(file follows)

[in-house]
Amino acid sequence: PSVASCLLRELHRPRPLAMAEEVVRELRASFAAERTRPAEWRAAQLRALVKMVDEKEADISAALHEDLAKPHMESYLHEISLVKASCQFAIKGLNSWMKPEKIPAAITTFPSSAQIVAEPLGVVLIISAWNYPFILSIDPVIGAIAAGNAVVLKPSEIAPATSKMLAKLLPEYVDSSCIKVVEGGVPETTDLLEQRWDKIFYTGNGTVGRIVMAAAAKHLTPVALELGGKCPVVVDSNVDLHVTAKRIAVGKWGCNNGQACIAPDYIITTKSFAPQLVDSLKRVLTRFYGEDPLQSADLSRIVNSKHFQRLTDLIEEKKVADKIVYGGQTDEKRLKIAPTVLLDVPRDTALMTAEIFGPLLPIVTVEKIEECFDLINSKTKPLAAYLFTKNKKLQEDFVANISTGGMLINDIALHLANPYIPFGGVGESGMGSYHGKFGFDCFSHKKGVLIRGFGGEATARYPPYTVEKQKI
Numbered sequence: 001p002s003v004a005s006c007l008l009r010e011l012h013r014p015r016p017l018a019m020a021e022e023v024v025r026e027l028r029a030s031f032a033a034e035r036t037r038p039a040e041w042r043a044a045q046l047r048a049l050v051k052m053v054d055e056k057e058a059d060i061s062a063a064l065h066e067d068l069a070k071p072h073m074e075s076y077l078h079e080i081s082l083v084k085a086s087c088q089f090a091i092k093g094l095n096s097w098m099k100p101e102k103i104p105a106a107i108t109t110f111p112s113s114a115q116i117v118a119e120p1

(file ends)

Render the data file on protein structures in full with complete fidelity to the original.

[in-house]
Amino acid sequence: PSVASCLLRELHRPRPLAMAEEVVRELRASFAAERTRPAEWRAAQLRALVKMVDEKEADISAALHEDLAKPHMESYLHEISLVKASCQFAIKGLNSWMKPEKIPAAITTFPSSAQIVAEPLGVVLIISAWNYPFILSIDPVIGAIAAGNAVVLKPSEIAPATSKMLAKLLPEYVDSSCIKVVEGGVPETTDLLEQRWDKIFYTGNGTVGRIVMAAAAKHLTPVALELGGKCPVVVDSNVDLHVTAKRIAVGKWGCNNGQACIAPDYIITTKSFAPQLVDSLKRVLTRFYGEDPLQSADLSRIVNSKHFQRLTDLIEEKKVADKIVYGGQTDEKRLKIAPTVLLDVPRDTALMTAEIFGPLLPIVTVEKIEECFDLINSKTKPLAAYLFTKNKKLQEDFVANISTGGMLINDIALHLANPYIPFGGVGESGMGSYHGKFGFDCFSHKKGVLIRGFGGEATARYPPYTVEKQKI
Numbered sequence: 001p002s003v004a005s006c007l008l009r010e011l012h013r014p015r016p017l018a019m020a021e022e023v024v025r026e027l028r029a030s031f032a033a034e035r036t037r038p039a040e041w042r043a044a045q046l047r048a049l050v051k052m053v054d055e056k057e058a059d060i061s062a063a064l065h066e067d068l069a070k071p072h073m074e075s076y077l078h079e080i081s082l083v084k085a086s087c088q089f090a091i092k093g094l095n096s097w098m099k100p101e102k103i104p105a106a107i108t109t110f111p112s113s114a115q116i117v118a119e120p1